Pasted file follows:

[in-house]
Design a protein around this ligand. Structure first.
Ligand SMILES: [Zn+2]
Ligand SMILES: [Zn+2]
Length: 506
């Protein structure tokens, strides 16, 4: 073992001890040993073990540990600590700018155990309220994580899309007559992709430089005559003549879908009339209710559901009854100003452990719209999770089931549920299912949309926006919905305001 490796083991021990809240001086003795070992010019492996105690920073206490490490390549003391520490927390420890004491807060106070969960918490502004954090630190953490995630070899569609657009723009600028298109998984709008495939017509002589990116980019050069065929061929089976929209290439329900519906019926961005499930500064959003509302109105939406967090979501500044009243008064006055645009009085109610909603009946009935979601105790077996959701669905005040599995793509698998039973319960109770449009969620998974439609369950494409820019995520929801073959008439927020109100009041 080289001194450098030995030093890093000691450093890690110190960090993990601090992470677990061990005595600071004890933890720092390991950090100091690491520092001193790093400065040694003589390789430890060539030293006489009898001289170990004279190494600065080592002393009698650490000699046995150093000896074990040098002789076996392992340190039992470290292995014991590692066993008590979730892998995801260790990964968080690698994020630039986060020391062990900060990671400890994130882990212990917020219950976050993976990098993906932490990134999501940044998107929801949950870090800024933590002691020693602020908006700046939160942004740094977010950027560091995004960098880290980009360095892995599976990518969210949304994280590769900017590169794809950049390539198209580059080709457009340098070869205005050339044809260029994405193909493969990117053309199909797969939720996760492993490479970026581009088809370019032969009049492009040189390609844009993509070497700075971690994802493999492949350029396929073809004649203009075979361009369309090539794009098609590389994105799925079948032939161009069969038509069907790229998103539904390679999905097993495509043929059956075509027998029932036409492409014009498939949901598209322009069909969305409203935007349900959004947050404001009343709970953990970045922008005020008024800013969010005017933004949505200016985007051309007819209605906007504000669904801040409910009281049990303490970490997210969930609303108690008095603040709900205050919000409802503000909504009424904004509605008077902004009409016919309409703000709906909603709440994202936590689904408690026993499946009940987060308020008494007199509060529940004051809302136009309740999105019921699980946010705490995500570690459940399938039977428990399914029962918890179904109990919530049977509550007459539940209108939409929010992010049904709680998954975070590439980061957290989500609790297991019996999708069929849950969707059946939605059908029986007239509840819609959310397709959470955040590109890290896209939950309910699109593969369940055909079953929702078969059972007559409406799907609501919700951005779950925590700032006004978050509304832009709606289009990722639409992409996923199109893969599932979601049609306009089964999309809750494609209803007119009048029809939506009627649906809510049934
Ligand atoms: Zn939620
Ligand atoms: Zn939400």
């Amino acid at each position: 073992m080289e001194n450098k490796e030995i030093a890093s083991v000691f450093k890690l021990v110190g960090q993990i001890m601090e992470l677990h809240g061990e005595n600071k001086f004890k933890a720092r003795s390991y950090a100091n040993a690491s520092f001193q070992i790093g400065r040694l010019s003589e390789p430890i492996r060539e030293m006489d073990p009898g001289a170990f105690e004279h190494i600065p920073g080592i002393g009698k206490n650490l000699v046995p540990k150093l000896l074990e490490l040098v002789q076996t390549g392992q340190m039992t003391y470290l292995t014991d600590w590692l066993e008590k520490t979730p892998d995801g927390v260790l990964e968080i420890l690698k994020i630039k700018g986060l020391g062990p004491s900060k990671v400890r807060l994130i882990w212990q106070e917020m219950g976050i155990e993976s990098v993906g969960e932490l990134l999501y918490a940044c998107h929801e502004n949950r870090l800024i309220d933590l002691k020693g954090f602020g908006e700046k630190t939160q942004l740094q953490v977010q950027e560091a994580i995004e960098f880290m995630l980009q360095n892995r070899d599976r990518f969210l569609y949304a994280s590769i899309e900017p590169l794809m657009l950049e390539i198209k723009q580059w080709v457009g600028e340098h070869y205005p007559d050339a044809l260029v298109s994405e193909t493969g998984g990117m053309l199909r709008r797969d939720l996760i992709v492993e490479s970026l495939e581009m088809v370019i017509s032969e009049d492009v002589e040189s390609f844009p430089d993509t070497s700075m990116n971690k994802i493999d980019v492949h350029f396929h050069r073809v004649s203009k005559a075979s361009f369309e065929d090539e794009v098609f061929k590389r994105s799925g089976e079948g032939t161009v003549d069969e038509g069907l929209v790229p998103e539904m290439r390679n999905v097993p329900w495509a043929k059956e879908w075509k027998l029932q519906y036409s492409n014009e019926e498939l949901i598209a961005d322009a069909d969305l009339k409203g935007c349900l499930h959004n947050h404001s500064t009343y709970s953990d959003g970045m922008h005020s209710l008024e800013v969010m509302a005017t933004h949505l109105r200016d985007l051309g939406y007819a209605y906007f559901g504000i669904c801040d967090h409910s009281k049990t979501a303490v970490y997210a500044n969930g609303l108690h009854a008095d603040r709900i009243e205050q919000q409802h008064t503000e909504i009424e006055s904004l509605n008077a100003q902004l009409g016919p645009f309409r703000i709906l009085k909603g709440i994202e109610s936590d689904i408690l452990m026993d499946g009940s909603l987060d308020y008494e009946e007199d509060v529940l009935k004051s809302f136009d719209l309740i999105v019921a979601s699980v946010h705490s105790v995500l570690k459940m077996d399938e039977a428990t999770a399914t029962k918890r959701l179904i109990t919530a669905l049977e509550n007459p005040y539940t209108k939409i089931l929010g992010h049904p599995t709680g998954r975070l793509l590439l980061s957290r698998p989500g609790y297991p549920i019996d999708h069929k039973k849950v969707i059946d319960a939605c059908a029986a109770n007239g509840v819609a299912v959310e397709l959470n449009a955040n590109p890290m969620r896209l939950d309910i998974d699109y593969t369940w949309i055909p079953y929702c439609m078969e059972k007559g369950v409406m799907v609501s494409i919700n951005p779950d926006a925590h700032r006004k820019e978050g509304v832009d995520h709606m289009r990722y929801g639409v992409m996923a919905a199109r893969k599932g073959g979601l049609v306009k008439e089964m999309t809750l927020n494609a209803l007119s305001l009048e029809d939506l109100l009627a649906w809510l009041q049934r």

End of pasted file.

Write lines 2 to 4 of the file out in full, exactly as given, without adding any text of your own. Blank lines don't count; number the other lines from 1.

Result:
Design a protein around this ligand. Structure first.
Ligand SMILES: [Zn+2]
Ligand SMILES: [Zn+2]